A few generations ago, nearly half of American kids walked or biked to school. That number has been falling for a long time, as school districts sprawl and fewer parents feel safe letting their children get around on their own. Not only does this reduce physical activity for young people, it also carries high costs as local governments pay to transport more students longer distances.
A recent CNN story looked at the potential for bike-share and other bicycling programs to help kids get to school in cities. High school students haven’t gotten much attention as potential bike-share users, but as former Chicago and DC transportation chief Gabe Klein told CNN, that’s a mistake: “We should absolutely be giving these kids memberships or reduced-fee memberships because it lowers our costs.”
To make it happen, current rules will have to change. The Wash Cycle has a few suggestions for DC, where children under 16 are required to wear helmets while biking and prohibited from using bike-share in the system’s insurance policy:
So one thing we could do is lower the age limit to 15 or 14. We could do it only for DC residents if we’re worried about a bunch of 14 year old tourists tearing the roads up. We could also lower the required helmet age, but that wouldn’t be necessary, just easier and it would encourage more riding. I’m not sure what the science is on helmet benefits as it relates to age.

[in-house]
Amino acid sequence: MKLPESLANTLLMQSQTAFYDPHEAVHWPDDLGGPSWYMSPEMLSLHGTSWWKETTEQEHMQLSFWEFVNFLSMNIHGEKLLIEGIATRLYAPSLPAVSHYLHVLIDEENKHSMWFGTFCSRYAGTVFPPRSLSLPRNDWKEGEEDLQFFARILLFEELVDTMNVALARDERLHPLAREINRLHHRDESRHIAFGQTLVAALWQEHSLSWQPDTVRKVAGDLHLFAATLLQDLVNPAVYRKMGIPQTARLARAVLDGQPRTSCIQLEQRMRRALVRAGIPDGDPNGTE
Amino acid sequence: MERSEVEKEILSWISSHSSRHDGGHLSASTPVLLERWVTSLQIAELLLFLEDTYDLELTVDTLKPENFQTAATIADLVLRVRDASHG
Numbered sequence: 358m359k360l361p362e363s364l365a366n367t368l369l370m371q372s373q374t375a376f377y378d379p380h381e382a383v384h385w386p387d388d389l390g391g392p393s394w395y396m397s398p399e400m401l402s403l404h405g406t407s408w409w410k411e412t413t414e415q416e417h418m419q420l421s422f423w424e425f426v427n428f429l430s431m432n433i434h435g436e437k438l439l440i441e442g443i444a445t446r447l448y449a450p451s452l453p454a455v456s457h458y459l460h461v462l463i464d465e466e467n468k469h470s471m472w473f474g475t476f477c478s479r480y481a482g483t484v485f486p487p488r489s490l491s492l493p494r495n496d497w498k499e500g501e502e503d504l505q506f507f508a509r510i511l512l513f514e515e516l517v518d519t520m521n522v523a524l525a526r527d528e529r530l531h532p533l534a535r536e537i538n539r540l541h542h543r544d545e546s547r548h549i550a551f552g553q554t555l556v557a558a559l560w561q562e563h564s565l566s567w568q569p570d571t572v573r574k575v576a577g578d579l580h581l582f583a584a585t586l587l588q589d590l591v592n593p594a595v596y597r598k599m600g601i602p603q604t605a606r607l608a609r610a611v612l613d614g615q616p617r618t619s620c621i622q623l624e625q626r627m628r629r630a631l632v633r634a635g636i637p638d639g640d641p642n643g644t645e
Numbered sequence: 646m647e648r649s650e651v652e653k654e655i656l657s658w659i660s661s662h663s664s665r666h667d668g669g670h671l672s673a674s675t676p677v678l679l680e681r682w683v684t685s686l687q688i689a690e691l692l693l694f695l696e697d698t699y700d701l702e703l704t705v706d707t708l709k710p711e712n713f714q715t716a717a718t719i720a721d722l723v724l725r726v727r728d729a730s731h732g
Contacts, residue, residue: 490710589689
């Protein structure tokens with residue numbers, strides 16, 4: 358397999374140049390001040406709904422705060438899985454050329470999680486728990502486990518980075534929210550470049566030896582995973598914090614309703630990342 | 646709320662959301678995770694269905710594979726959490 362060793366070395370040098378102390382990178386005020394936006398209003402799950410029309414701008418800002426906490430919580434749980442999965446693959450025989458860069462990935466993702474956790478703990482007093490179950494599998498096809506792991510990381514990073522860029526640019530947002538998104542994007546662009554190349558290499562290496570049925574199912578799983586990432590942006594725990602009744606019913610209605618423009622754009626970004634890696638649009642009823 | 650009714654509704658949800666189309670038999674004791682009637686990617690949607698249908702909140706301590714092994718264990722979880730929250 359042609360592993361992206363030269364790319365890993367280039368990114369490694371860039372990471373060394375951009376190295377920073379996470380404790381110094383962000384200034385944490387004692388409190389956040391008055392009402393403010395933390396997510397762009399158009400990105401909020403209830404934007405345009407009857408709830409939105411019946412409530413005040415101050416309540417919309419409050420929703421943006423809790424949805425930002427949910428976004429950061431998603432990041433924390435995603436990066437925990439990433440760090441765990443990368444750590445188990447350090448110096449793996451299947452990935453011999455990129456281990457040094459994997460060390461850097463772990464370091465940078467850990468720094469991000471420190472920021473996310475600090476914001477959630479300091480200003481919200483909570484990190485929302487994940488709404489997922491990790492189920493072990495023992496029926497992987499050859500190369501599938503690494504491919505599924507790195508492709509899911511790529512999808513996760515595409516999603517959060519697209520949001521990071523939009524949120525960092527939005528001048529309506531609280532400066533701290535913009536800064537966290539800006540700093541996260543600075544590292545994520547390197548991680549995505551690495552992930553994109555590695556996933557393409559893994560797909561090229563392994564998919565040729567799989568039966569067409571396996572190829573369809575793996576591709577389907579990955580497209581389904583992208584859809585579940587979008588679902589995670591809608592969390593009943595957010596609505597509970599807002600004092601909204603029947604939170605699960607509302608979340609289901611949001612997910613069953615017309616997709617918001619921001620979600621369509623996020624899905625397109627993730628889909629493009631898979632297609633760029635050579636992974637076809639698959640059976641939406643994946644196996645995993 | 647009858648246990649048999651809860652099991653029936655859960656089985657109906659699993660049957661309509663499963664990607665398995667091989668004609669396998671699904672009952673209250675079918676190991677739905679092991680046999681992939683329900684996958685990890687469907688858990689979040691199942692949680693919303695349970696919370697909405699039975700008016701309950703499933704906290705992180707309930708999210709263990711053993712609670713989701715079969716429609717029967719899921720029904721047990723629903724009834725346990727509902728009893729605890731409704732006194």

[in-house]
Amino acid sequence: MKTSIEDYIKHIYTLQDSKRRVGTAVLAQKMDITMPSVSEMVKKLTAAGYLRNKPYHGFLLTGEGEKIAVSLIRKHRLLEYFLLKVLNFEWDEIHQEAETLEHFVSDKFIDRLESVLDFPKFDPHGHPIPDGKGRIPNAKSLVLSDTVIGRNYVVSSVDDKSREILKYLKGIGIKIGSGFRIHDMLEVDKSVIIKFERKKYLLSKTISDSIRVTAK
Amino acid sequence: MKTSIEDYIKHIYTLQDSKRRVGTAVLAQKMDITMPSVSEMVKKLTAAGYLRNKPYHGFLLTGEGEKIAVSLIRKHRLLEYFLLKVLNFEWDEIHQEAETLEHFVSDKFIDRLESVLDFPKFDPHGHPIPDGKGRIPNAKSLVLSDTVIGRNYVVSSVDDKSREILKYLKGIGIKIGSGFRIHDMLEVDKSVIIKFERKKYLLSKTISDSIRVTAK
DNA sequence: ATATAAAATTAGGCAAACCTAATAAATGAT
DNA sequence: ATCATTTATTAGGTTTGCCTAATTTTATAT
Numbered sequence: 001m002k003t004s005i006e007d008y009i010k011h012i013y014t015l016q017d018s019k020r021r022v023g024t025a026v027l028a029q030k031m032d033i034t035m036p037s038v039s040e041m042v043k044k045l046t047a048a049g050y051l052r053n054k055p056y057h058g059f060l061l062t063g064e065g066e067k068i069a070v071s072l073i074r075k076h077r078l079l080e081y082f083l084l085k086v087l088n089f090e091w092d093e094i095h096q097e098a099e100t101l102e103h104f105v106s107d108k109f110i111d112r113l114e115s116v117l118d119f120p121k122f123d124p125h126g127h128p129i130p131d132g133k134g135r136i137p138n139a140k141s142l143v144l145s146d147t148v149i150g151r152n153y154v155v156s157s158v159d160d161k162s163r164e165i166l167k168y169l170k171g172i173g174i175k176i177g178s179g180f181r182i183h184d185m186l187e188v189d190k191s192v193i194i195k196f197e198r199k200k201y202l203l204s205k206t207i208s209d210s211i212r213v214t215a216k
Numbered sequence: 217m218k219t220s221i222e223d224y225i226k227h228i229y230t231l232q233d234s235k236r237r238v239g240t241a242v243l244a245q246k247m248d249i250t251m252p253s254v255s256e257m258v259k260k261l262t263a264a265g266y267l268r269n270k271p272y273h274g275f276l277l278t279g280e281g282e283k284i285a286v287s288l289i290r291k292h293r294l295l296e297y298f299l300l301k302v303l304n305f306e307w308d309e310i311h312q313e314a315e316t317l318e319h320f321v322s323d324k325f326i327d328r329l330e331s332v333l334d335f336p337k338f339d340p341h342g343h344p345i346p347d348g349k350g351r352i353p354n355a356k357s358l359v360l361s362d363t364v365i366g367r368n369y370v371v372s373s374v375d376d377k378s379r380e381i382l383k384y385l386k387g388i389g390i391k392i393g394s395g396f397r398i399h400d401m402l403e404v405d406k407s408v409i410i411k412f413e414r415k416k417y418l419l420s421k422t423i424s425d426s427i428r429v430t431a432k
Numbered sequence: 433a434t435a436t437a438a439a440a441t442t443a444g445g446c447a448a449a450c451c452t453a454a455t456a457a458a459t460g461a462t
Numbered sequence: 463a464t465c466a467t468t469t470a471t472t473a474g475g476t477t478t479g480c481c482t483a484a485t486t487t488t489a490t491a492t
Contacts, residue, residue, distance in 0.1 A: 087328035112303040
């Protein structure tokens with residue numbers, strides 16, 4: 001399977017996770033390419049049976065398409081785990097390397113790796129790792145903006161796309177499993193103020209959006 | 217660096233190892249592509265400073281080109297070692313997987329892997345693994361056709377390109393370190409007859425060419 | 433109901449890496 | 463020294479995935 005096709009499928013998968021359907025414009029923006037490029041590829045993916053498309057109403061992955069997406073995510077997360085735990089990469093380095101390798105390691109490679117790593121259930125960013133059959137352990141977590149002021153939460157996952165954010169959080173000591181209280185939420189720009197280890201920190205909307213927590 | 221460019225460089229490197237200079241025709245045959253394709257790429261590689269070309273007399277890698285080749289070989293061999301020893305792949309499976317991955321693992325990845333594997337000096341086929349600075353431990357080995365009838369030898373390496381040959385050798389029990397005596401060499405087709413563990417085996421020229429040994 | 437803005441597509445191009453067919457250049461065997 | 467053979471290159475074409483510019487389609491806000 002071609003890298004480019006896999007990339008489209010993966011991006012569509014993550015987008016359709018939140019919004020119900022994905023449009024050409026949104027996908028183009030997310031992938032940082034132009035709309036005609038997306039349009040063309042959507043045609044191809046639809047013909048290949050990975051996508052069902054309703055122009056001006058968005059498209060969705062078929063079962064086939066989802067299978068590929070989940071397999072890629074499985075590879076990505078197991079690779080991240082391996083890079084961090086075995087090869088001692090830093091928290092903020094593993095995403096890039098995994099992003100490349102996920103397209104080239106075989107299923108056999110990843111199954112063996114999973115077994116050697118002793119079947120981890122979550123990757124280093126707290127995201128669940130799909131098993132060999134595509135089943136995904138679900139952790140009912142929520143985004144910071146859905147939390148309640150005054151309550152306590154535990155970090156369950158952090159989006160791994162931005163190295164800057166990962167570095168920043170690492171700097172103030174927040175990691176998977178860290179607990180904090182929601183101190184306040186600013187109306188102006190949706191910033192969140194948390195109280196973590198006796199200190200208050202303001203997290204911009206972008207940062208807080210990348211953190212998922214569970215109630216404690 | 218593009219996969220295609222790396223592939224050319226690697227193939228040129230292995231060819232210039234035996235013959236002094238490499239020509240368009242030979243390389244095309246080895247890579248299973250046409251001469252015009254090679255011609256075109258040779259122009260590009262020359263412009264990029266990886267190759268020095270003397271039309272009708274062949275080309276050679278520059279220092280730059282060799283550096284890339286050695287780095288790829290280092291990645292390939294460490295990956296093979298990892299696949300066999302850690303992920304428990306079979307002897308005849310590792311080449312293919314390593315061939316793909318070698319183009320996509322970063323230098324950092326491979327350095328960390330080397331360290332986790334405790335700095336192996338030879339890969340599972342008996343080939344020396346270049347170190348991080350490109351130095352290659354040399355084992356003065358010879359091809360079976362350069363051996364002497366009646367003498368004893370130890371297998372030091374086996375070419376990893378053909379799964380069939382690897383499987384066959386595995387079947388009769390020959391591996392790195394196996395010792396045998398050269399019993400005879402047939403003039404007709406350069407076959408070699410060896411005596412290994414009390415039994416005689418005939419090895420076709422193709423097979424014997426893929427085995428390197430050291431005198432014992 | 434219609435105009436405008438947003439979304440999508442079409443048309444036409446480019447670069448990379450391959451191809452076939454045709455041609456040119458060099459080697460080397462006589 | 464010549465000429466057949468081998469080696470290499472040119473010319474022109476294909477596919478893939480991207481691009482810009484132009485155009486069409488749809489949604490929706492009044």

The second thing we can do is give high school kids free bikeshare memberships. We could make them free only during the times when the Kids Ride free program operates (which, admittedly is “all day, every day (including weekends)”), but it wouldn’t save us much money over just making it free all the time. It will still be cheaper then letting them ride transit for free…
We don’t have to do all of these things. We could give free CaBi memberships to kids 16 and over and not lower the CaBi age. Or we could lower the CaBi age but not change the helmet age. But the more of these things we do, the more we can give students more choices. Choices that will save them time, help them learn and make it easier for them to get to school in the first place.
The other piece, of course, is better street design for cycling. Biking programs for high school students should go hand in hand with Safe Routes to School initiatives that improve bike infrastructure.
More recommended reading today: Modern Cities reports on Transportation Secretary Elaine Chao’s is trying to increase private investment in transit projects. And City Observatory points out that the Oregon DOT’s own data doesn’t support the agency’s contention that highway widenings are needed to improve safety.
Cities Fund Student Transit — Why Not Bike-Share Passes Too?